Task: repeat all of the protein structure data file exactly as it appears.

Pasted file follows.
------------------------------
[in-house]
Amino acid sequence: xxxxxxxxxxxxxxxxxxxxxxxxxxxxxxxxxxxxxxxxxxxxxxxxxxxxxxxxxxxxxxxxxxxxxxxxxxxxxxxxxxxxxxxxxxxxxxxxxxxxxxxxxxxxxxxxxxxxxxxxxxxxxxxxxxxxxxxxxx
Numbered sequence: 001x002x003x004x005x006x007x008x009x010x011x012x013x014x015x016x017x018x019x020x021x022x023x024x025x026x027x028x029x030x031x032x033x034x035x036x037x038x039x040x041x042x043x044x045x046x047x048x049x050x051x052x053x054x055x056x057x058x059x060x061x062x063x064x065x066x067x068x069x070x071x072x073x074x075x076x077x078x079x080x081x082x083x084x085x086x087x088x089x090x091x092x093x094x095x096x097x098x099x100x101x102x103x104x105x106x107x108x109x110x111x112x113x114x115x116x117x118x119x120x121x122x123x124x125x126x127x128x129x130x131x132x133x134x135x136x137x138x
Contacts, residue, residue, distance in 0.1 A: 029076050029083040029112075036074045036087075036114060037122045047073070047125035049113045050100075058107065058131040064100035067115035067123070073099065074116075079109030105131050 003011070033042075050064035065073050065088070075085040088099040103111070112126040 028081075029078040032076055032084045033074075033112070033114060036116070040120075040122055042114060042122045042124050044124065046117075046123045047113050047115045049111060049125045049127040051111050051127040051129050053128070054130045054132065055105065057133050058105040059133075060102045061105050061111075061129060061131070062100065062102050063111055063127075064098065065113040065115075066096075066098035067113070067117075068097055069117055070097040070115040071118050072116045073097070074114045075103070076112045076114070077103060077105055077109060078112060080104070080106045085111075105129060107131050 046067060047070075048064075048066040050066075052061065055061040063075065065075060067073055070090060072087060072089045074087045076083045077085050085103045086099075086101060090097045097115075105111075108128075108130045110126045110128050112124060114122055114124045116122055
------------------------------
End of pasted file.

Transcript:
[in-house]
Amino acid sequence: xxxxxxxxxxxxxxxxxxxxxxxxxxxxxxxxxxxxxxxxxxxxxxxxxxxxxxxxxxxxxxxxxxxxxxxxxxxxxxxxxxxxxxxxxxxxxxxxxxxxxxxxxxxxxxxxxxxxxxxxxxxxxxxxxxxxxxxxxx
Numbered sequence: 001x002x003x004x005x006x007x008x009x010x011x012x013x014x015x016x017x018x019x020x021x022x023x024x025x026x027x028x029x030x031x032x033x034x035x036x037x038x039x040x041x042x043x044x045x046x047x048x049x050x051x052x053x054x055x056x057x058x059x060x061x062x063x064x065x066x067x068x069x070x071x072x073x074x075x076x077x078x079x080x081x082x083x084x085x086x087x088x089x090x091x092x093x094x095x096x097x098x099x100x101x102x103x104x105x106x107x108x109x110x111x112x113x114x115x116x117x118x119x120x121x122x123x124x125x126x127x128x129x130x131x132x133x134x135x136x137x138x
Contacts, residue, residue, distance in 0.1 A: 029076050029083040029112075036074045036087075036114060037122045047073070047125035049113045050100075058107065058131040064100035067115035067123070073099065074116075079109030105131050 003011070033042075050064035065073050065088070075085040088099040103111070112126040 028081075029078040032076055032084045033074075033112070033114060036116070040120075040122055042114060042122045042124050044124065046117075046123045047113050047115045049111060049125045049127040051111050051127040051129050053128070054130045054132065055105065057133050058105040059133075060102045061105050061111075061129060061131070062100065062102050063111055063127075064098065065113040065115075066096075066098035067113070067117075068097055069117055070097040070115040071118050072116045073097070074114045075103070076112045076114070077103060077105055077109060078112060080104070080106045085111075105129060107131050 046067060047070075048064075048066040050066075052061065055061040063075065065075060067073055070090060072087060072089045074087045076083045077085050085103045086099075086101060090097045097115075105111075108128075108130045110126045110128050112124060114122055114124045116122055